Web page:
• As the FARC political party begins an “extraordinary assembly” meeting that some key leaders are skipping, leader Rodrigo Londoño declared an intention to abandon the name “FARC,” in order to ease formation of coalitions and to distinguish the group from armed dissidents. Fundación Paz y Reconciliación analyst Ariel Ávila told El Tiempo that a name change “would help the Farc party to get off the list of terrorist organizations.”
  • Two prominent Colombians are hospitalized with severe cases of COVID-19: Defense Minister Carlos Holmes Trujillo and Luis Fernando Arias, leader of the Organización Nacional Indígena de Colombia (ONIC).
  • The Inter-American Human Rights Commission ordered precautionary measures for Ricardo Calderón, an intrepid investigative journalist who, during his longtime tenure at Semana magazine, revealed several major corruption and human rights scandals in Colombia’s armed forces, particularly in military intelligence. Calderón is one of many reporters who left Semana after a recent management change, but he continues to receive threats.
  • Judicial proceedings have begun for Bogotá police accused of killing civilians during a violent citywide police response to anti-police brutality protests last September, in which police killed 13 people over two days. Defense lawyers are seeking to have officers John Antonio Gutiérrez, José Andrés Lasso, and Andrés Díaz Mercado tried in the military justice system instead of the regular criminal justice system, arguing that their role in four of the killings was an “act of service.”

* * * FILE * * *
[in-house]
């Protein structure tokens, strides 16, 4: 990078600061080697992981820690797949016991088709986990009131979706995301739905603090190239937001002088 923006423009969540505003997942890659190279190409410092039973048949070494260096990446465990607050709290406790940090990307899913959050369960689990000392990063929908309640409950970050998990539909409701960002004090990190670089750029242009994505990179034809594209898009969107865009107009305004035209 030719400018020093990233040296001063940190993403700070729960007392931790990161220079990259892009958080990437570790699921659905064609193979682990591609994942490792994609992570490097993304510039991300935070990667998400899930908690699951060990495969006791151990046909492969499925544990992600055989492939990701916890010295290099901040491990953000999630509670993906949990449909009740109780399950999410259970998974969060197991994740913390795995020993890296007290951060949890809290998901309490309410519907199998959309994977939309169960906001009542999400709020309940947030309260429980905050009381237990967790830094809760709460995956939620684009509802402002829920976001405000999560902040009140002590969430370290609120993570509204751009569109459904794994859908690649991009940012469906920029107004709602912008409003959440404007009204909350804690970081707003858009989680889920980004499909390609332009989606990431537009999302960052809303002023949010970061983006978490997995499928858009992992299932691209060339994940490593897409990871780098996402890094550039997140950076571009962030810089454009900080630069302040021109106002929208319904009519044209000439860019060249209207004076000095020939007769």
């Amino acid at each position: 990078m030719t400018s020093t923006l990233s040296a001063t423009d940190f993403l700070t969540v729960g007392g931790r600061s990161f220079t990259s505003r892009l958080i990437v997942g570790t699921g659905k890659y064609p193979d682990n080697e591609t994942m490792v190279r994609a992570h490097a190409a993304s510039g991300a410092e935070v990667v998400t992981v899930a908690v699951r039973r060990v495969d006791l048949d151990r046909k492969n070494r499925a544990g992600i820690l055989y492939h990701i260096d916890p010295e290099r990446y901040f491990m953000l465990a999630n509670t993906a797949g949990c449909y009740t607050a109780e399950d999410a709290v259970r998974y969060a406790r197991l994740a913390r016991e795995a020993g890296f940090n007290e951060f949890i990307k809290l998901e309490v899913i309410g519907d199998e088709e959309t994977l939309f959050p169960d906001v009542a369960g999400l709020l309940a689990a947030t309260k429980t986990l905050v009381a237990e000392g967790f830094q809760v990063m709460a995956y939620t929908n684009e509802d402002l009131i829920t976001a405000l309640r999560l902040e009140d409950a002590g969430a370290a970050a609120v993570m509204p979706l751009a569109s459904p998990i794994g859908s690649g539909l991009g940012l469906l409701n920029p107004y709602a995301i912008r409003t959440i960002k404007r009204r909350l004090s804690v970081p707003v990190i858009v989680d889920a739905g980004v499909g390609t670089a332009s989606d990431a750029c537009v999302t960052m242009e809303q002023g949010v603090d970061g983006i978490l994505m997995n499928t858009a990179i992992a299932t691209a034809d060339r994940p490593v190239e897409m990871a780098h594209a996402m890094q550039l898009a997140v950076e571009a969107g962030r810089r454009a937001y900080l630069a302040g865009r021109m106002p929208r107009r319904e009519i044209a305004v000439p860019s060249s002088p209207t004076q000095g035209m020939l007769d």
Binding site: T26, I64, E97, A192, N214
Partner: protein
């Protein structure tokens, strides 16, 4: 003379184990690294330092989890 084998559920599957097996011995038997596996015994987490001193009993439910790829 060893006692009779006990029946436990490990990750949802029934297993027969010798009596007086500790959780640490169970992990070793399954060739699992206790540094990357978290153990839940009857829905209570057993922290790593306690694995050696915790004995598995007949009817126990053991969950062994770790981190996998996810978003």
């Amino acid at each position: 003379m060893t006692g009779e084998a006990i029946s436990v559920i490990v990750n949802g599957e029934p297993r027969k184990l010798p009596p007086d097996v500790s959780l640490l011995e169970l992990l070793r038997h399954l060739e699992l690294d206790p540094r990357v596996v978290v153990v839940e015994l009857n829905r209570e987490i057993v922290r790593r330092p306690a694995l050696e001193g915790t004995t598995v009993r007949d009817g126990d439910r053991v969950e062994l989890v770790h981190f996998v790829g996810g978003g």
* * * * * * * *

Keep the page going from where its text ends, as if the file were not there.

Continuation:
• El Espectador took brief looks at the activities in southeastern Colombia of Brazil’s Primeiro Comando da Capital (PCC) criminal group, and at those of Mexican organized crime throughout the country.
  • Vorágine looks at the grim human rights and security situation in southern Chocó’s San Juan River valley, a major narcotrafficking corridor with very little government presence beyond sporadic sweeps from security forces and coca eradicators.

Some articles I found interesting this morning

Marco Ugarte / AP photo at USA Today. Caption: “Mexican soldier Gaspar Sanchez sits over his recently adopted puppy ‘Cloee’ following his troop’s overnight patrol along the Suchiate River, the natural border with Guatemala near Ciudad Hidalgo, Mexico, Jan. 21, 2021, after a caravan of Honduran migrants dissipated before reaching the river. Sanchez said he adopted the puppy from a litter of street dogs near his base in Tapachula.”

(Even more here)

January 22, 2021


“Con los Estados Unidos debemos volver a conversar sobre la paz que ellos apoyaron con el acuerdo firmado con las Farc, proceso del cual la administración del Presidente Obama participó”

Sacarlo de la militancia para acercar a otros sectores democráticos y, muy importante, tomar distancia de las disidencias que con sus acciones generan miedo entre la población

Analistas aseguran que con la llegada de Biden a la Casa Blanca se retome la agenda de paz en Colombia como uno de los puntos centrales entre las relaciones de las dos naciones

Líderes y lideresas sociales, defensores y defensoras de los derechos humanos, así como miembros de partidos políticos también siguen siendo, lamentablemente, víctimas


Both governments later confirmed that Lopez Obrador and Biden would speak by phone on Friday afternoon

U.S.-Mexico Border